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'Tricks' flayed by voucher foes

Confusing e-mail links recipients to an anti-union Web site, videos

Anti-voucher proponents say voucher supporters have resorted to playing tricks to confuse the opposition.

Orem resident Ada Wilson said this week she received an e-mail because she was actively involved in "politics and policy here in Utah," from an organization calling itself Utahns for Public School — not to be confused with the anti-voucher coalition Utahns for Public Schools.

But some people did.

And after a closer look, the fact that the e-mail sender clearly wasn't anti-voucher at all had some recipients scratching their heads.

The e-mail said, "If you support our cause to defeat this pro-voucher movement we would ask you to reply to this e-mail so we can build an action list of anti-voucher supporters."

It asked recipients to provide a personal e-mail address, name and contact number and then visit

another Web site,

That site is an anti-union blog clearly not aimed at defeating vouchers.

"I think somebody just thinks it's real cute to adopt something that looks just like Utahns for Public Schools — it is a trick to get (the public) to watch anti-union videos," Wilson said.

Wilson, who is also a PTA member and a member of Utah County Citizens for Public Schools, which works in conjunction with Utahns for Public Schools, contacted both groups to give them a heads up.

Lisa Johnson, spokeswoman for Utahns for Public Schools, said in addition to Wilson, the coalition received a number of calls and e-mails from others who got the "deceptive" e-mail and requested clarification.

"It was clearly intended to look like it came from us," Johnson said. "The one thing we can say for certain that it didn't come from our campaign and it's a concern for coalition members because someone purports to be speaking for us."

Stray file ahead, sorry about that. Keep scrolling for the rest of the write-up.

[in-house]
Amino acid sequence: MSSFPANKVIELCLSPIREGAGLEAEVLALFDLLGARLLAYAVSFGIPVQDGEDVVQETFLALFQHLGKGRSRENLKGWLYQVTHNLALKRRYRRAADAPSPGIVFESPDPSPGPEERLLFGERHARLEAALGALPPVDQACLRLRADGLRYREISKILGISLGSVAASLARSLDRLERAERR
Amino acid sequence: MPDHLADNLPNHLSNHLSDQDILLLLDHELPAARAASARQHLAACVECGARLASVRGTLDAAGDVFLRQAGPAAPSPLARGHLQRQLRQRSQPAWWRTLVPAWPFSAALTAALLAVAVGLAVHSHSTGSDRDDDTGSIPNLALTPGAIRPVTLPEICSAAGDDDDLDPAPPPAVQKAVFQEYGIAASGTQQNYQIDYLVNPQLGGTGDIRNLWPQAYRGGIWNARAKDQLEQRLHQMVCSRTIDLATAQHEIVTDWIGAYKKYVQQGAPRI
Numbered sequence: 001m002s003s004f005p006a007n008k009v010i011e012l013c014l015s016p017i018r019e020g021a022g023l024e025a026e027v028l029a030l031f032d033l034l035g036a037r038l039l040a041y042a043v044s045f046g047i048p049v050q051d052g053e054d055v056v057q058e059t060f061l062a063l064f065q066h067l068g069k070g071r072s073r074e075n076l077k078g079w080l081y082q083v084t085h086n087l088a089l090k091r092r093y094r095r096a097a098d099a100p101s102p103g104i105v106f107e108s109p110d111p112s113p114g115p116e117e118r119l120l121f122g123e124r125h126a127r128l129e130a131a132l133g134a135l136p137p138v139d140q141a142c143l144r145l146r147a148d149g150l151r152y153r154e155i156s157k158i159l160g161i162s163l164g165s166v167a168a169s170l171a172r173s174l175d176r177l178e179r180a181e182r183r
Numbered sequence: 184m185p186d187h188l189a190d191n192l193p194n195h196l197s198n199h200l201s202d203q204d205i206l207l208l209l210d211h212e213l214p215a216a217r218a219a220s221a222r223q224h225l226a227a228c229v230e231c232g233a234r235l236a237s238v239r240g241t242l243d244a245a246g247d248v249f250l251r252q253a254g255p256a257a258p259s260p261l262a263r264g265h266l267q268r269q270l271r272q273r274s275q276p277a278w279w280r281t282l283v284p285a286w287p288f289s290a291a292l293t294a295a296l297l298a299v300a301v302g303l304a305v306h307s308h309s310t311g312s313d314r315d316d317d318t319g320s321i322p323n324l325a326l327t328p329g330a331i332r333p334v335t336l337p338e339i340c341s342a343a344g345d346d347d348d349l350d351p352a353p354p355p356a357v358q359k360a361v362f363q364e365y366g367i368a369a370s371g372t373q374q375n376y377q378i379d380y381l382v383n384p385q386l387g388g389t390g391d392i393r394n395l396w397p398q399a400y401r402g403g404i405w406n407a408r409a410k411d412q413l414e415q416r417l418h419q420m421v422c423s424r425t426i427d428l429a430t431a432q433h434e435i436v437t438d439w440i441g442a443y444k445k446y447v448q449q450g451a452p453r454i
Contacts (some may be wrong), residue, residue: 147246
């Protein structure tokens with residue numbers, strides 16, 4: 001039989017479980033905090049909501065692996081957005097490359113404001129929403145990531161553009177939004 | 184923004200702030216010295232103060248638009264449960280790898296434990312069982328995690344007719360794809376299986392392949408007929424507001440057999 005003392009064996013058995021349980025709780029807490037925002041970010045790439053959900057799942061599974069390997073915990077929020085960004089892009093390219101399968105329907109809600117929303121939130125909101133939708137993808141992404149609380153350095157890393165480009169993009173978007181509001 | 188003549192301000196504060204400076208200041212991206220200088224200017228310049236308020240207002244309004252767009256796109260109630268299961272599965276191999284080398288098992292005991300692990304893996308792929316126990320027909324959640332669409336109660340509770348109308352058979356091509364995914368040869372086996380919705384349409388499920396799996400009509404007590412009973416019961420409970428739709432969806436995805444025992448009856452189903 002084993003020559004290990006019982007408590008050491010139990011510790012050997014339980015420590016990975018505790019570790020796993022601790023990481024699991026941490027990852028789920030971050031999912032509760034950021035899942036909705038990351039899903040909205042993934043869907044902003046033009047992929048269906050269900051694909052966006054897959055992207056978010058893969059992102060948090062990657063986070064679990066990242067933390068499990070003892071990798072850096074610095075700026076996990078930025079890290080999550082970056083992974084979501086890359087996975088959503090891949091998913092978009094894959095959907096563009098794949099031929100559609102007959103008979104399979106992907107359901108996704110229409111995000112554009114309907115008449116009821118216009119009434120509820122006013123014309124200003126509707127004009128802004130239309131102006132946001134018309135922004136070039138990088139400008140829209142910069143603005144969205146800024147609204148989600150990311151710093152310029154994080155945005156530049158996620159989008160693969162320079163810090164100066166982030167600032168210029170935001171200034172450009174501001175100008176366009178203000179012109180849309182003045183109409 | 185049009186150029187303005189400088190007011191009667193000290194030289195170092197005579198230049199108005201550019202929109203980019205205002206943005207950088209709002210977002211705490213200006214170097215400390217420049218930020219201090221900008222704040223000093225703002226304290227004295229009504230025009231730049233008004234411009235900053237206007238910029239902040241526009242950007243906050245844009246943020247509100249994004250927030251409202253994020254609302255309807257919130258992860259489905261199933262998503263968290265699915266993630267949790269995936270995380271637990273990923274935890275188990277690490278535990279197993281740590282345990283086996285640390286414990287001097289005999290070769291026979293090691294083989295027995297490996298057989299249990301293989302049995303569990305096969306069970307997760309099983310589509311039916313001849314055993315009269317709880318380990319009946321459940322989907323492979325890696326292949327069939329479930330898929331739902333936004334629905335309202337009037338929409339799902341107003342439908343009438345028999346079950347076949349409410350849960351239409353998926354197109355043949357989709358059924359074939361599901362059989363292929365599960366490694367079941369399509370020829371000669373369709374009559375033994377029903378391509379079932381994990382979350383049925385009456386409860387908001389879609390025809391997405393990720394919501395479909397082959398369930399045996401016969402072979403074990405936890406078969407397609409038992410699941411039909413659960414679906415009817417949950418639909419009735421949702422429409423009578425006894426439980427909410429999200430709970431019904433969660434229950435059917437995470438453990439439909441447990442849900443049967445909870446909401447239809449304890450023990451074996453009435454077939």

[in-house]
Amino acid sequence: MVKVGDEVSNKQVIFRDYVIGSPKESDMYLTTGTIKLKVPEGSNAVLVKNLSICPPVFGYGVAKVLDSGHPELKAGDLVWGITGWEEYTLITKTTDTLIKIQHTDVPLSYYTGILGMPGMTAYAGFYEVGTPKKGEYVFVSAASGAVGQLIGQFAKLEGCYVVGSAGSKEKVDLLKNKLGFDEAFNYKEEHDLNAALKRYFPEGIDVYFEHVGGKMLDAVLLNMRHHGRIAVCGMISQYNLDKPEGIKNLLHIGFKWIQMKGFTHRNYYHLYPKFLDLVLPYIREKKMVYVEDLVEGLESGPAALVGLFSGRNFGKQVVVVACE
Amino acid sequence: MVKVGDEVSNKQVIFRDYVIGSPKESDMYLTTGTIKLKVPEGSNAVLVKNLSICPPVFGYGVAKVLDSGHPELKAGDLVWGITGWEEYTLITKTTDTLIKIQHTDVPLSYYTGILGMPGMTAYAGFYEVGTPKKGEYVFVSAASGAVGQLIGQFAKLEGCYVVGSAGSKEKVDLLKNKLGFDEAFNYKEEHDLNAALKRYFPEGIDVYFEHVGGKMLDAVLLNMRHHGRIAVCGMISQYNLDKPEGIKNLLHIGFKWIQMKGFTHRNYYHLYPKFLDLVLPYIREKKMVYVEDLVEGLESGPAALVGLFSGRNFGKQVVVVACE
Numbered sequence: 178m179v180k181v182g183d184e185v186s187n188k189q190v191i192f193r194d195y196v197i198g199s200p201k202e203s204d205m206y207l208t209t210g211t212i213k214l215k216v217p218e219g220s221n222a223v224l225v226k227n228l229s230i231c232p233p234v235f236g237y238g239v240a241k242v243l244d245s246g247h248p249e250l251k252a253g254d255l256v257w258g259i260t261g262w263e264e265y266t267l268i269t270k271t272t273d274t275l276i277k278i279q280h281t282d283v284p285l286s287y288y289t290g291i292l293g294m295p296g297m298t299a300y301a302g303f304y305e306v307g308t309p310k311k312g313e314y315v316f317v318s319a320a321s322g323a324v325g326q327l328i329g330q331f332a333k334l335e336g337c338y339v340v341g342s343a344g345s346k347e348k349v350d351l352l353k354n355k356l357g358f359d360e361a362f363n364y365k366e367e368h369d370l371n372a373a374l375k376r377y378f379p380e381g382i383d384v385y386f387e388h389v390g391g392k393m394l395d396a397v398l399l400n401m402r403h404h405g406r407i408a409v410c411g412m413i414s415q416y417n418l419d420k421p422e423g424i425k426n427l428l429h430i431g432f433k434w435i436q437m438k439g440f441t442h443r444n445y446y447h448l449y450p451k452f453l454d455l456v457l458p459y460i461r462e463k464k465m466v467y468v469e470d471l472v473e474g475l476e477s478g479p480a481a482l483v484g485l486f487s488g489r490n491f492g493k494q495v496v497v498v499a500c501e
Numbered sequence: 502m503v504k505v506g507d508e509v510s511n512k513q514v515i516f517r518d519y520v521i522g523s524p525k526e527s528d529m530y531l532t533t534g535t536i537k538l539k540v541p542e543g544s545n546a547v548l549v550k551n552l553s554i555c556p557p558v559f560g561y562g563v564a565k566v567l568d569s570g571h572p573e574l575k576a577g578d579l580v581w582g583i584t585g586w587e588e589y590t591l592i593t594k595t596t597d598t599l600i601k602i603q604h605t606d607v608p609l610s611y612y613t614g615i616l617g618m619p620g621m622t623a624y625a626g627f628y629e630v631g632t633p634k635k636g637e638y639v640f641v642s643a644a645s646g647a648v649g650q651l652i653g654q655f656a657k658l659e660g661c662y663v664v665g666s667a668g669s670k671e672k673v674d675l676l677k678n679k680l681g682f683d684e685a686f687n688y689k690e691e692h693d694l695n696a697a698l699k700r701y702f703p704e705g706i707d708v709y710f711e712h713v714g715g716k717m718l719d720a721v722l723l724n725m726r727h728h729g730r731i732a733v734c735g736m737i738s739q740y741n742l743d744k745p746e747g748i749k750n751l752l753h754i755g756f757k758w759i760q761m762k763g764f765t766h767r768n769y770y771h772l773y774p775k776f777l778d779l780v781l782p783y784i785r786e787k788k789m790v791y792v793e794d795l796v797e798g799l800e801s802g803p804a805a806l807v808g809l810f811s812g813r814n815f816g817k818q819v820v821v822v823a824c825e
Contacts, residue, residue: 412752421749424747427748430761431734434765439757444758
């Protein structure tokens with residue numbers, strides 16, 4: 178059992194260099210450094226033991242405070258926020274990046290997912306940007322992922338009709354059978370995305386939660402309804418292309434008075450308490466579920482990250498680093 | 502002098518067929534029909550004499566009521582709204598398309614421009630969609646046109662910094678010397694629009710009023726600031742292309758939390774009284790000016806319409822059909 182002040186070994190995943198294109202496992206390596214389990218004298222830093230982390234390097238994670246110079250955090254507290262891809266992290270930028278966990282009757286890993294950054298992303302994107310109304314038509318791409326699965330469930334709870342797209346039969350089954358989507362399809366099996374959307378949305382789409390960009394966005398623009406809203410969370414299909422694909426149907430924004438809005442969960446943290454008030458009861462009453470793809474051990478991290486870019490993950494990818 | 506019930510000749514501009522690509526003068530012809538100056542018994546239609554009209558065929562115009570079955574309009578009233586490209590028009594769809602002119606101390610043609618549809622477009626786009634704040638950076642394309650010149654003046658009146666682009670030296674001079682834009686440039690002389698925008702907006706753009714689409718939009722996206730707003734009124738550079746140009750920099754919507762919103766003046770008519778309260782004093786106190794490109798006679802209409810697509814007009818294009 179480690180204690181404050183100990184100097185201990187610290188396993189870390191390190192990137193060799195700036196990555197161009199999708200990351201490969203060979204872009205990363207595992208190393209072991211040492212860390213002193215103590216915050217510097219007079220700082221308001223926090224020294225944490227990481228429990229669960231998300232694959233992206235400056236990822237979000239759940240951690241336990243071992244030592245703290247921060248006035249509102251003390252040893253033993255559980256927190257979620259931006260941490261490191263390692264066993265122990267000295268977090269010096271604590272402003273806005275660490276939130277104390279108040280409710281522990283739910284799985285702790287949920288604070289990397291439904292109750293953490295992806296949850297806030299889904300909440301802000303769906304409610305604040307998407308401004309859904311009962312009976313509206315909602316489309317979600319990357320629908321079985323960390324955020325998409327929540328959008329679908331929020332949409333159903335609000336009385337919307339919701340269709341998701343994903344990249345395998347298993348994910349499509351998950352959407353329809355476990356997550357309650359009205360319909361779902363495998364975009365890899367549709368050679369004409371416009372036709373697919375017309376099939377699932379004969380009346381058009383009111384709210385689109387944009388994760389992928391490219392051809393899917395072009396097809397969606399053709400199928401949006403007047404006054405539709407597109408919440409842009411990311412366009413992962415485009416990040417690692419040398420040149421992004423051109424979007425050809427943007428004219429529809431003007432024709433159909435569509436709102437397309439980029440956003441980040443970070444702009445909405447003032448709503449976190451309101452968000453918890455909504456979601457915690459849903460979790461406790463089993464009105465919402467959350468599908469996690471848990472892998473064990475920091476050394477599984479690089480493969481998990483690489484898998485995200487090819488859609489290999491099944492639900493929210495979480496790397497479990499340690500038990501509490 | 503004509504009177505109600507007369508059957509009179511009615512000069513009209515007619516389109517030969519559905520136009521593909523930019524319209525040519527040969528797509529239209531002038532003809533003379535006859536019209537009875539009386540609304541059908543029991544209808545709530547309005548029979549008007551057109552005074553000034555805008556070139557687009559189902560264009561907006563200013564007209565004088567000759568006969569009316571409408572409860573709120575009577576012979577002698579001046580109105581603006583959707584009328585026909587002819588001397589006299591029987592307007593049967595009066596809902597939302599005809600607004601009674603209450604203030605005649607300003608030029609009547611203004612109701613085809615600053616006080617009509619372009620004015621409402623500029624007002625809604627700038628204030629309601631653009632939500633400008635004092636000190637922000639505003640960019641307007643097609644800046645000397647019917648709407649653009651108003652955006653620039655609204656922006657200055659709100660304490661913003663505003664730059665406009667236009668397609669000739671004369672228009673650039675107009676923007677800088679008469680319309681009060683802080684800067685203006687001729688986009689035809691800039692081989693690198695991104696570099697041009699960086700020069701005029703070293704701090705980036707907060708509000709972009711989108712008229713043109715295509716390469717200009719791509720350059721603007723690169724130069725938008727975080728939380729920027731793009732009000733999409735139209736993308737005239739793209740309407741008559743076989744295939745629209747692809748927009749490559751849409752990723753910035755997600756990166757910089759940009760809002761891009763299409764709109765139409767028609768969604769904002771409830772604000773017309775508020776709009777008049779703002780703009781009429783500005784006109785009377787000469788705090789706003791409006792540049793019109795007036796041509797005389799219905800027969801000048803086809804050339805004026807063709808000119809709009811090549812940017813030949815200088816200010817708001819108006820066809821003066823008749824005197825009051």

Johnson said her group is trying to find out who is behind the Web site and the mass e-mailing while looking into options of what sort of complaints can be filed against that person.

A Deseret Morning News inquiry submitted to the author of the blog was not responded to Wednesday.

Leaders of the pro-voucher group Parents for Choice in Education say they are not connected in any way to the e-mails.

"From our perspective it seems there are pro-voucher advocates who are convinced they can't win this debate on the merits of the voucher proposal itself, so they are increasingly resorting to misleading deceptive tactics and that's unfortunate," Johnson said. "We have faith in Utah voters that they can look past this thing and the deceptive tactics and really vote in an educated way and that's what we are counting on."

The voucher law, which was approved by the Legislature this past spring, would provide Utah families with a private-school tuition voucher ranging from $500 to $3,000 per student based on the parents' income.

It also would appropriate $9.2 million for mitigation money to hold schools harmless for five years after a student leaves and goes to a private school.

In March Utahns for Public Schools successfully gathered enough signatures for a referendum that would allow Utahns to decide whether they want a voucher program. As a result, the law is now on hold pending a Nov. 6 vote that will determine if the measure will stay on the books.